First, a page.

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Blog 175: Constraints and Bottlenecks

Updated: May 12, 2022

You are driving along the highway. Everything is going smoothly when suddenly you come to a complete stop. You are now impossibly ensnared, four lanes of traffic bumper to bumper for as far as you can see.

Clearly, something is wrong, a horrible accident. You hope nobody is hurt, and you also hope they get this cleared up right away.

They don’t … You sit and simmer in the summer sun, your time, ever precious, draining away.

You have three days ahead of you, a long weekend, a vacation day, and whatever the problem is up ahead it has just caused you to miss the afternoon wherever it is you are heading. The whole reason you did all this maneuvering in the first place is now shot down in flames. You are stuck in traffic.

Two long hours later, you arrive at the source of the constraint. For two hours, you have been wondering what grizzly sight you will discover. Luckily, but also predictably enough, instead of a wreck you discover a car pulled over on the side of the road, with a handmade sign on the roof, a ‘tented’ piece of cardboard. With a Sharpie marker, the driver, who is sitting in his car, has written “GAS?”

Doofus ran out of gas and had to pull over, and as a result there has been a two-hour traffic jam that won’t be solved until somebody gets that car out of there.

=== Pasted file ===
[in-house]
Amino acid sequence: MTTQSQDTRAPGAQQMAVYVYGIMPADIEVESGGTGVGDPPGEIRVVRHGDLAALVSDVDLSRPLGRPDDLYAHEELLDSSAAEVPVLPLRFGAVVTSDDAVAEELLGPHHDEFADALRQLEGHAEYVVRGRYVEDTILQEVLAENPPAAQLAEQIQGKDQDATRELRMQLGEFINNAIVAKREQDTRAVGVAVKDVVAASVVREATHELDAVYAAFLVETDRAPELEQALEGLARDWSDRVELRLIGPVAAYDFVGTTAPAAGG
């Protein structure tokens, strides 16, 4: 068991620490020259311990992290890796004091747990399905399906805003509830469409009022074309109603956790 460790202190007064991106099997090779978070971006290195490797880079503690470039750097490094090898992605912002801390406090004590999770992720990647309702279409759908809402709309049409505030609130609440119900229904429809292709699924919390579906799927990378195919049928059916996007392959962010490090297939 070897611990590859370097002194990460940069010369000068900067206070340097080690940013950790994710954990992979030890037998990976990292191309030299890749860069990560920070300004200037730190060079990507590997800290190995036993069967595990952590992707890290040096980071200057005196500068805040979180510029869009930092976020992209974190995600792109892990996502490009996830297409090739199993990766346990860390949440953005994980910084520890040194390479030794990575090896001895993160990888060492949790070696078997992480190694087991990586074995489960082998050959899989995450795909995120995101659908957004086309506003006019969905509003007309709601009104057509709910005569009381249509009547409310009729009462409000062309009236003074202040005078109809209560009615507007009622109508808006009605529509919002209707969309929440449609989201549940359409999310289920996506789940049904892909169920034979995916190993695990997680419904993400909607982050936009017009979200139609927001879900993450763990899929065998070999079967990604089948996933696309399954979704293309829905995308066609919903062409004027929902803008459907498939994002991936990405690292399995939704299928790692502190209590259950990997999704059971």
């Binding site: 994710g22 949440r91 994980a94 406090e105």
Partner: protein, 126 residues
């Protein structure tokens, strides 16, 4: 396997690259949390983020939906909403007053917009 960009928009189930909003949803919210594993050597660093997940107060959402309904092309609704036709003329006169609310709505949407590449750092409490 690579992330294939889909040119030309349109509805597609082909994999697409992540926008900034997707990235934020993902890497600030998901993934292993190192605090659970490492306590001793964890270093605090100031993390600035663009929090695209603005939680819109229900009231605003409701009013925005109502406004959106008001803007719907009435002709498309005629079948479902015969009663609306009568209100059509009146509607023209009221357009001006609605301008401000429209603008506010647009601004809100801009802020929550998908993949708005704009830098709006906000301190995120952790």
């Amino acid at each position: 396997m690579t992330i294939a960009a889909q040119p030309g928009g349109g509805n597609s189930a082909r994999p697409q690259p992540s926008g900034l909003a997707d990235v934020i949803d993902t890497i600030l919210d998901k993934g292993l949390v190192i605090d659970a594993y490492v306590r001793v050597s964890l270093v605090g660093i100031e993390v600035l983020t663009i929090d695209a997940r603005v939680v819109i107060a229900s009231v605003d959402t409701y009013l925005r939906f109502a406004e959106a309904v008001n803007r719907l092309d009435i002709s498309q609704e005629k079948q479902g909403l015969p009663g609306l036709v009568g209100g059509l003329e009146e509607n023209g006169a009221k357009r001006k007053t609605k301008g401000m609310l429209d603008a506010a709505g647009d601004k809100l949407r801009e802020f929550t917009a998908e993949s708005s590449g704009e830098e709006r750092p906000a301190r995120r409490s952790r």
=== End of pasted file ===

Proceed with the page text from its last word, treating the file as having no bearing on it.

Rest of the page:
Constraints are cancer.

Constraints get bigger, spread and result in more and more complications. They must be taken seriously and tackled with purpose and determination.

Constraints cause bottlenecks. They negatively affect flow, causing all kinds of friction and delay as things get stuck, jammed up, and ultimately stalled, waiting for the constraint to be fixed.

Your business and your life burn resources, and those resources are TIME, ENERGY, and MONEY.

Until you are INSPIRED enough to INNOVATE and change the way you operate to solve your constraints, you will continue to suffer and fail to ACCELERATE.

Constraints can cause people to feel hopeless and lost. They suffer frustration constantly. You can feel overwhelmed trying to figure out where to start – a common mistake that we make when we identify a constraint is to try to do even more.

“I’m going in early, I’m staying late. I’m working through the weekend.” These are all just other ways of saying, “I’m forcing it.”

Don’t work harder.

Slow down, stop if you can.

Eliminate activities. Find and focus on your core capabilities.

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